DIY Inexpensive Double Elastic Joint.
DIY Inexpensive Double Elastic Joint.
DIY inexpensive Double elastic joint.
Here is a little DIY Double elastic joint, intended to be used with small motors (I used it for my home-made cnc mill, which has low-power step motors saved from an old slide projector).
This kind of joint act like a 2-stages cardan joint, which tolerate all misalignment of the 2 axes: angle error, parallel shift and overall length.
Here Plexiglas® pieces and plastic screws were used, in order to keep it light and because I already had this material off-the-shelf (so, really inexpensive).
The joint is composed by a series of 3 Plexiglas pieces, separated by some sheets of elastic material (here was Teflon®, for the same reasons than the Plexiglas); in this way every piece can move respected to the others.
This Comment/How-to is for a 5mm axis Motor, turning a M5 screw (the well-known 'screw-and-nut' mechanism).
Notice: To do this double joint, only 'old style' tools were used: no Laser cutter nor 3D printer (too long for me to create the models and to find such machines near me).
So, you will need:
* Some Plexiglas (or other lightweight material), thick enough to cut off some 10mm thick pieces;
* Some flexible plastic sheets (I used Teflon);
* 2 M4x15 plastic Bolt-and-nut with washers;
* 4 M4 plastic screws (short – you can cut some other M4x15 screws…);
* Threading tools for M4 holes - of course, you can use screws of a different size, and you just need the threading tools of the same size;
* a long M5 screw (I used an Headless M5 x 100mm one), useful as an aligning tool;
* Saw, files, drill, to shape and pierce the Plexiglas;
* Scissors (and punching tool, if you have) to cut and pierce the flexible sheet;
* Screwdriver and suitable tools for screws and bolt-and-nuts.
The Central Piece.
Cut a Plexiglas bloc of about 10x10x40mm, and than pierce with 3 aligned holes:
* the central one is 5mm diameter (for the centering tool - see later)
* the outer two are 4mm diameter (for the M4x15mm plastic bolt-and-nuts).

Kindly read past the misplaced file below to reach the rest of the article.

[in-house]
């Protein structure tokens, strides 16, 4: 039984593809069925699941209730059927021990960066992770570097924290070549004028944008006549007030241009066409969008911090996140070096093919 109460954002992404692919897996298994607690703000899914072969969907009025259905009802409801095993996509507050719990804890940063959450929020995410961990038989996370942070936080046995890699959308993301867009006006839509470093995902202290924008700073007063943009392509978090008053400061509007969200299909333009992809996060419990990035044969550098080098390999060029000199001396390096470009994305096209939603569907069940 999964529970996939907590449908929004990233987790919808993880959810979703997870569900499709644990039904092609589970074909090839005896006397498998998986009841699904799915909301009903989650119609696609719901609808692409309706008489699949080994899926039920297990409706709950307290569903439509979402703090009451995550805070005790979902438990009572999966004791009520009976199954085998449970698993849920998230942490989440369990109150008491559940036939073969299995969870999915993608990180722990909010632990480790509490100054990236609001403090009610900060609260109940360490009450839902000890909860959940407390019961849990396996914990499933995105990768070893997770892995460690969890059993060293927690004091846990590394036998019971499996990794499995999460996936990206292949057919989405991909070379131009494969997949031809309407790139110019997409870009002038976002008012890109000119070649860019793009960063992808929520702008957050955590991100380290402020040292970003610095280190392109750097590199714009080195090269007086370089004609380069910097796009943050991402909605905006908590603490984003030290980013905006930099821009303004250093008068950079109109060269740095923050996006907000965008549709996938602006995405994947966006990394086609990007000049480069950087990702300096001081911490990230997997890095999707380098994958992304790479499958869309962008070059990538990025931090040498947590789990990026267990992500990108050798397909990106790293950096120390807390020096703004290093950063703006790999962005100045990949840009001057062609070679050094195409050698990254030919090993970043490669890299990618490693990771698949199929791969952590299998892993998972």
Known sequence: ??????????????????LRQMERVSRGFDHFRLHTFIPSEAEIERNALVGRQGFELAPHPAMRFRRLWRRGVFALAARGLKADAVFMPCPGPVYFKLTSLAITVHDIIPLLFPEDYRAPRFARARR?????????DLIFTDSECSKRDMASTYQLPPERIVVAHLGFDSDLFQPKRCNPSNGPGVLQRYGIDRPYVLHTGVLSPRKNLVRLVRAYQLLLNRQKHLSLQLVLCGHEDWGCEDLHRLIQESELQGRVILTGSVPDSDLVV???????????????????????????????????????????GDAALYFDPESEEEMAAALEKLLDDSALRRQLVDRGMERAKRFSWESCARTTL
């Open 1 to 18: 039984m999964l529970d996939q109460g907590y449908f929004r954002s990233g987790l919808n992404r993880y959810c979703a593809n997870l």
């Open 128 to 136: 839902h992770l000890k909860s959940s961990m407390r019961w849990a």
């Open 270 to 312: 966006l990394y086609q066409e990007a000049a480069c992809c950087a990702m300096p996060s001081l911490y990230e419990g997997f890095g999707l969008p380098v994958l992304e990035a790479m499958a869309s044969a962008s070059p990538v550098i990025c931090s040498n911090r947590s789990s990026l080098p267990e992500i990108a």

The 3 holes are about 12mm spaced;
the overall dimensions are not critical, but the distance between the holes must be the same for the 3 Plexiglas pieces, for mounting reasons.
The Two End Pieces.
At the beginning they are just like the central piece, with just a difference: the 2 outer holes are 3,2 mm diameter because later they will be threaded as M4.
morning-after edit: one of the 2 pieces has the central hole threaded as M5, because it will be fixed to a long screw of the same size (see later on).
With saw and file, cut in a ‘T’ shape the two end pieces, as in the picture (please forget the plastic sheet, for the moment);
Thread to M4 the outer holes (so, 4 threaded holes totally).
Cut two 40x40mm (roughly) pieces in the flexible sheet;
(I used 4 pieces, fixed 2 by 2 in sandwich, because my Teflon sheet was too thin).
Pierce every flexible piece with 5 holes of about 5mm diameter, like in the picture; by the way, the distance between the central hole and each outer hole is 12mm, the same as on the Plexiglas pieces.
Mounting the Joint
During all this assembling work, You can use a M5
screw (a long one, I used a 10cm one) to keep all the pieces aligned.
* fix one outer T-shaped Plexi with one flexible sheet, using two short M4 plastic screws;
* place this composed piece on the centering tool, just like a barbecue skewer (see 1st picture). If one of the two T-shaped Plexi has the central hole threaded, it's maybe easier to place this Plexi first (the other one will be placed at last).
* place the central Plexi piece on the centering tool; prepare the two M4x15 screws inserted, but without the nuts for the moment (see 2nd picture);
* prepare the second flexible sheet fixed on the other outer T-shaped Plexi (here again use two short M4 screws);
* place this last composed piece on the centering tool; fix its flexible sheet to the central Plexi with the 2 plastic nuts (see 3rd picture). Tighten the two bolt+nuts;
* remove the centering tool;
The Joint in Its Final Place (exemple)
Here for the final use; in this case:
* on the right is a Stepper motor with a 5mm axe (fixed only by insertion! I was lucky…);
* on the left is a 50cm long, M5 screw: to fix it, I had to thread as M5 the corresponding T-shaped Plexi.
Acknowledgments, Credits, and Bibliography